NASA eClips: A New Approach to Learning

Sep 18, 2008

(PhysOrg.com) -- NASA is making available a free Web-based educational product to learners of all ages across the country. NASA eClips consists of more than 55 short, 5-10 minute video segments, which are available on-demand via the Internet for the 2008 -2009 school year.

NASA eClips features many of the agency's missions and engages students in the excitement of science and engineering. From the deepest regions of space to hurricanes here on Earth, the goal of NASA eClips is to inspire students to learn more about science and math concepts.

"This new product was designed to respond to the needs of today's educators, and highlights NASA's commitment to providing science, math, technology and engineering resources in a way that is relevant to tomorrow's explorers," said Joyce Winterton, NASA's assistant administrator for education.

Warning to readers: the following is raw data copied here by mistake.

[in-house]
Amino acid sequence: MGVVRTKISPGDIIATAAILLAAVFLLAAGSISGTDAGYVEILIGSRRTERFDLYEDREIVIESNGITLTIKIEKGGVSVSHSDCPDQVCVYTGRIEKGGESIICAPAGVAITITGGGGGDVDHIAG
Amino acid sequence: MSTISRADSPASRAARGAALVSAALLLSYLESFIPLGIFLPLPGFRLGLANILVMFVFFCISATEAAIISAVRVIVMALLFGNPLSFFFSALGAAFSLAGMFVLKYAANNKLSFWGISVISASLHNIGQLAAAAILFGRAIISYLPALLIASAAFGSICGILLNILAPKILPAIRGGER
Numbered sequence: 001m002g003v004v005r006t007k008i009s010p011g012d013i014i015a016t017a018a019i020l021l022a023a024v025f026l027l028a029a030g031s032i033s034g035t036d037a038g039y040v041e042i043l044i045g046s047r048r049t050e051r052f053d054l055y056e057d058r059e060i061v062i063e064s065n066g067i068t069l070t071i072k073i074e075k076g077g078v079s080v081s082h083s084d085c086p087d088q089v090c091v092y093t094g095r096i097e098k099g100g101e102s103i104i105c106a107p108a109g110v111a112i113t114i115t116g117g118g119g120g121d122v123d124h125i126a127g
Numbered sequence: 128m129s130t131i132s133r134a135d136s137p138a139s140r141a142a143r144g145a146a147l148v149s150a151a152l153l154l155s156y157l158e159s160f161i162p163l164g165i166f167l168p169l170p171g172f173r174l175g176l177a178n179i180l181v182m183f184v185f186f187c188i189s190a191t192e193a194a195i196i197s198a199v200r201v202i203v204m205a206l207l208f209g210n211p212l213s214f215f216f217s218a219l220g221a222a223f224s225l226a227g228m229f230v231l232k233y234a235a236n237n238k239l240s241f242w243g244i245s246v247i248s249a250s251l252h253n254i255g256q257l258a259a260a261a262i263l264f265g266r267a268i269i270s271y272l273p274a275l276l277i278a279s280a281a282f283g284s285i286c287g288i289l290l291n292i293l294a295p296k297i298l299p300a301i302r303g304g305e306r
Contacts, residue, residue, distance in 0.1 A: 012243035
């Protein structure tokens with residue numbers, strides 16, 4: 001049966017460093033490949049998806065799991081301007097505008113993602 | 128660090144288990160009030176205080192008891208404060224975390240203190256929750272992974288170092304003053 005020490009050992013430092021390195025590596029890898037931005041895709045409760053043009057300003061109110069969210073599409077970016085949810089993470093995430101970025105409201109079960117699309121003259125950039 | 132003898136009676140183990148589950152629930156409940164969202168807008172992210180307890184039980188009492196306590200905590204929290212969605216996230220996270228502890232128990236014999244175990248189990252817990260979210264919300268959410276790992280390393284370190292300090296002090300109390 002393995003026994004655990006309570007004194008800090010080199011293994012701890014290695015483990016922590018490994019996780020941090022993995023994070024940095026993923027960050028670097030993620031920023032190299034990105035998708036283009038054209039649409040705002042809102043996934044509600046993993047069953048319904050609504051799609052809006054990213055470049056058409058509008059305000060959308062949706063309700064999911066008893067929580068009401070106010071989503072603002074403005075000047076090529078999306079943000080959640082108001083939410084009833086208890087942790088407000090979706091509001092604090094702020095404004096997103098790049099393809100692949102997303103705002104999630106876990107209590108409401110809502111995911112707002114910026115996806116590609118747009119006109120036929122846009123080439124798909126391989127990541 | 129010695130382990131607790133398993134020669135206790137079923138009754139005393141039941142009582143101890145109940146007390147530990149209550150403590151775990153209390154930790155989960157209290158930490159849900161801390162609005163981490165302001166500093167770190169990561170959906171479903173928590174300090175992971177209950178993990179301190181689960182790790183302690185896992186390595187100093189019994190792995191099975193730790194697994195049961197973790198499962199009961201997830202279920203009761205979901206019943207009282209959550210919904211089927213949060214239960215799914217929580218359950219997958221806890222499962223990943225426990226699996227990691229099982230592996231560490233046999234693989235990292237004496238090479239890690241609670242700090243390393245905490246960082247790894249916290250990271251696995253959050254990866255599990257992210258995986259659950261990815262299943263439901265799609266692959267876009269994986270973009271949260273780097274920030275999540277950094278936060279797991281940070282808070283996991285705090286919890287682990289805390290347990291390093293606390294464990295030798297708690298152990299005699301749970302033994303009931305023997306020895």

Additionally, the NASA eClips program is separated into grade-appropriate topics and designed as a resource for classroom teachers. Accompanying the collection of NASA eClips will be educator guides to provide teachers with examples of how to effectively use the products as instructional tools.

Students, teachers and the general public can look forward to new video and educational content highlighting current research and innovations each week throughout the school year. The number of video clips is expected to grow to more than 220 by next year. The clips are available at:

www.nasa.gov/education/nasaeclips

and

www.youtube.com/nasaeclips

Partnering with the National Institute of Aerospace in Hampton, Va., CaptionMax of Minneapolis, Internet Archive of San Francisco and YouTube in San Bruno, Calif., allows for the widest distribution of eClips at the lowest cost.

NASA eClips will be featured during Thursday's Future Forum at Boston's Museum of Science. NASA leadership, including astronauts, scientists, and engineers, will discuss the role of space exploration in advancing science, engineering, technology, education and the economy.

Provided by NASA

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